Ethier has an awful score. Being so far from the East Coast and having less dingers than other options, he's probably going to be fishing over the break.

    Although, he could be handling bounced checks from Frank McCourt.

NL: Mike Morse

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    Seasons Played: Four 
    All-Star Games: Zero 
    Distance to New York: 225mi
    Score: 93.75

    Morse leads all candidates in homers and RBI. His average is just a notch below .300, and he's having a breakout season.

    He's not really what you'd call young, but he still scores extremely high. I think Shane Victorino will squeak it out due to star power, but Morse has more than earned it.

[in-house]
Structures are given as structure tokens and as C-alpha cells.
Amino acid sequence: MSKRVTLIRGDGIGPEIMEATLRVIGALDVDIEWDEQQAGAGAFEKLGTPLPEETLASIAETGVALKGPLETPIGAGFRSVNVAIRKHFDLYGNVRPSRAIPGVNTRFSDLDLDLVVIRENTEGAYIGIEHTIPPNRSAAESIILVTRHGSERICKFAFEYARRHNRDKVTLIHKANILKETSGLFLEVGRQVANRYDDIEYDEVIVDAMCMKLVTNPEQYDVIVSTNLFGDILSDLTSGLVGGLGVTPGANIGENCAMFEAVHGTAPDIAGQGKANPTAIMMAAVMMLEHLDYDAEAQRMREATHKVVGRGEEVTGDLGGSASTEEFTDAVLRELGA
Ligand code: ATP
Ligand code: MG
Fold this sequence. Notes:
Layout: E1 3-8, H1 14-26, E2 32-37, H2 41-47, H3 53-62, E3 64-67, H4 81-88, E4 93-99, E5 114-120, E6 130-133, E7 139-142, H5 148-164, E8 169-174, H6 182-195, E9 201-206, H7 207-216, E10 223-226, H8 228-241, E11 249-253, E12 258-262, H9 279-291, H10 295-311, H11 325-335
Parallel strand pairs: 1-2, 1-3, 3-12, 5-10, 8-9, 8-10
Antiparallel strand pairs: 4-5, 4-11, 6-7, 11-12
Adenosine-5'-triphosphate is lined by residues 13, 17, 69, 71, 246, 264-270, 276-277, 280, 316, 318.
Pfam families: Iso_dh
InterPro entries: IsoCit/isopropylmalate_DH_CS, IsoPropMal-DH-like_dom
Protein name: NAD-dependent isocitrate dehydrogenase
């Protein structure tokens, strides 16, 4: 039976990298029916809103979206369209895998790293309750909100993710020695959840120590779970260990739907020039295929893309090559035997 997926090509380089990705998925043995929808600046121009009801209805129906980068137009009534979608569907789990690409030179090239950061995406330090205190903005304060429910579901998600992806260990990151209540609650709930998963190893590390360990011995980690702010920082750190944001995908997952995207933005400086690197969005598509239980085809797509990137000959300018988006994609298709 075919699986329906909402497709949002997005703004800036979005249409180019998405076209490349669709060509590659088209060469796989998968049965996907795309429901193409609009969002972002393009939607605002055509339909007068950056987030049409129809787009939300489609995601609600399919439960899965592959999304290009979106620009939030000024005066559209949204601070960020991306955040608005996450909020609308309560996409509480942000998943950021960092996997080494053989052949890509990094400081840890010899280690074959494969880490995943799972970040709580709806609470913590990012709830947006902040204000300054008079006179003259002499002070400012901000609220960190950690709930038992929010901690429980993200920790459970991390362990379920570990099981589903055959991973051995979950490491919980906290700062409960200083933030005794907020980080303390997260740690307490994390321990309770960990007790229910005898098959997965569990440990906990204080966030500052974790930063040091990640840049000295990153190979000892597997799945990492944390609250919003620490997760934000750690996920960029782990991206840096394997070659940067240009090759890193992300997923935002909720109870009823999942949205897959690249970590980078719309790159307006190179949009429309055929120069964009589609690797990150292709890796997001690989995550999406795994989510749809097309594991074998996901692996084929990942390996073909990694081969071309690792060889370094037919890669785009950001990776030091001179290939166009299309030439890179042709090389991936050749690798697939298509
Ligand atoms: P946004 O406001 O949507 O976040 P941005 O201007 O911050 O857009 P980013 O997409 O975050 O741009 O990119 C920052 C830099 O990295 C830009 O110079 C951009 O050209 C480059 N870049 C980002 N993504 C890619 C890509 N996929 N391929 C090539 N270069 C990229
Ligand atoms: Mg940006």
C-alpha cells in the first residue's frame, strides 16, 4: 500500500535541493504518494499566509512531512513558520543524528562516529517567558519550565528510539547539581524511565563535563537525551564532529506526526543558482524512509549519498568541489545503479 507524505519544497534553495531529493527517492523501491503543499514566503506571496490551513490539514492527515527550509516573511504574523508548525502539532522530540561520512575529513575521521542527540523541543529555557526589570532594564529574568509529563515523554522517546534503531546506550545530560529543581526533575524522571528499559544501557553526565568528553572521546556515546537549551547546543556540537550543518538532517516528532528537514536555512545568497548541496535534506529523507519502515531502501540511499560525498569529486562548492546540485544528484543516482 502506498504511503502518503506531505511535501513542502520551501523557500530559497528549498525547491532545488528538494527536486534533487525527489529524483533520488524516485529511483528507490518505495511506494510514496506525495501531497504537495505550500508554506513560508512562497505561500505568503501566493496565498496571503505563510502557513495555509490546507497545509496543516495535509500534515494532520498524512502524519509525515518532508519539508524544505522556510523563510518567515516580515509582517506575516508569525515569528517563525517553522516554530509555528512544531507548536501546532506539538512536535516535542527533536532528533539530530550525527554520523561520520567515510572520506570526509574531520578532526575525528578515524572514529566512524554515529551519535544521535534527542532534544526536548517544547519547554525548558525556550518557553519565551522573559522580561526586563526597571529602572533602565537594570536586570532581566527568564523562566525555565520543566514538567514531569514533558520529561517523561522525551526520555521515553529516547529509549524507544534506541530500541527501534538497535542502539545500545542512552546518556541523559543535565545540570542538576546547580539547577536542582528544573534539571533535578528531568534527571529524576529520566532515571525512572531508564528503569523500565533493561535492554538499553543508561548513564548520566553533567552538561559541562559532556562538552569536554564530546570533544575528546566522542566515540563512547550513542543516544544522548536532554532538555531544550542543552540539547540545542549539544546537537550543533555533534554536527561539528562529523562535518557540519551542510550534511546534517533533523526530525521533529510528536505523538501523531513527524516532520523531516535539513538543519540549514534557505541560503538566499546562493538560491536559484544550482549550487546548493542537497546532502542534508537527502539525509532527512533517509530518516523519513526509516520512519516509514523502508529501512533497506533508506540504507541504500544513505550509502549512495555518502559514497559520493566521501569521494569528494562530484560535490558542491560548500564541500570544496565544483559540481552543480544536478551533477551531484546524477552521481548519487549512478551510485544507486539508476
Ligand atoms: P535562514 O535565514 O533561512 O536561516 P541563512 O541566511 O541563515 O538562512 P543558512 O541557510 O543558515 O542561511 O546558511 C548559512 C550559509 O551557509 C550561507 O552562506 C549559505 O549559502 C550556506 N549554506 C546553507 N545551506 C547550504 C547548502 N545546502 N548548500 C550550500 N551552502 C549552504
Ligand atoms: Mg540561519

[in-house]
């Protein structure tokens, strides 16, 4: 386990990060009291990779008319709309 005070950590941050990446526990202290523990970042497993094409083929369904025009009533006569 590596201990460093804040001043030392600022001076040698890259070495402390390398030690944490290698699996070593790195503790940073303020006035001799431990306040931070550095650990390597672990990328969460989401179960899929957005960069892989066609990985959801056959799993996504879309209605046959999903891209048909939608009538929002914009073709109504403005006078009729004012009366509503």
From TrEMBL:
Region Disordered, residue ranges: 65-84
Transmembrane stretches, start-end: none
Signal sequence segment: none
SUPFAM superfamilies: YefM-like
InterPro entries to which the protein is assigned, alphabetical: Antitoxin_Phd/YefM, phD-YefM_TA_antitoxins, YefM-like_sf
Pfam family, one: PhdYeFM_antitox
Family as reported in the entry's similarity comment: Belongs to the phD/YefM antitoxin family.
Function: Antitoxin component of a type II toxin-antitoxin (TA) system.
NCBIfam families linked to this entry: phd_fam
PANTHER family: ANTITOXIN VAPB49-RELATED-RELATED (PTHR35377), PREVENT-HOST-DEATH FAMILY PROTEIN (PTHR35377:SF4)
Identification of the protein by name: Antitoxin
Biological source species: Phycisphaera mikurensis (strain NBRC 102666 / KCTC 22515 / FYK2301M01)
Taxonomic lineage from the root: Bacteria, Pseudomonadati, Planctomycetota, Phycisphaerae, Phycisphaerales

NL: Todd Helton

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    Seasons Played: 13.5
    All-Star Games: Five 
    Distance to New York: 1780mi
    Score: 58.7

    Helton rings in with the worst score of anyone on the ballot. Even though he's played so many of his games in Colorado, he's been a fairly underrated player in my eyes.

    That should continue as the biased voters skip over Helton in the midst of another solid season.

NL: Ian Kennedy

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    Seasons Played: 3.5
    All-Star Games: Zero 
    Distance to New York: 2414mi
    Score: 72.4

    Three pitchers have won the final vote before, with two coming from the NL. So while the odds are stacked against Kennedy a bit, it's not improbable that he wins.

    Perhaps some Yankee fans will pitch in votes wishing he still played for their team.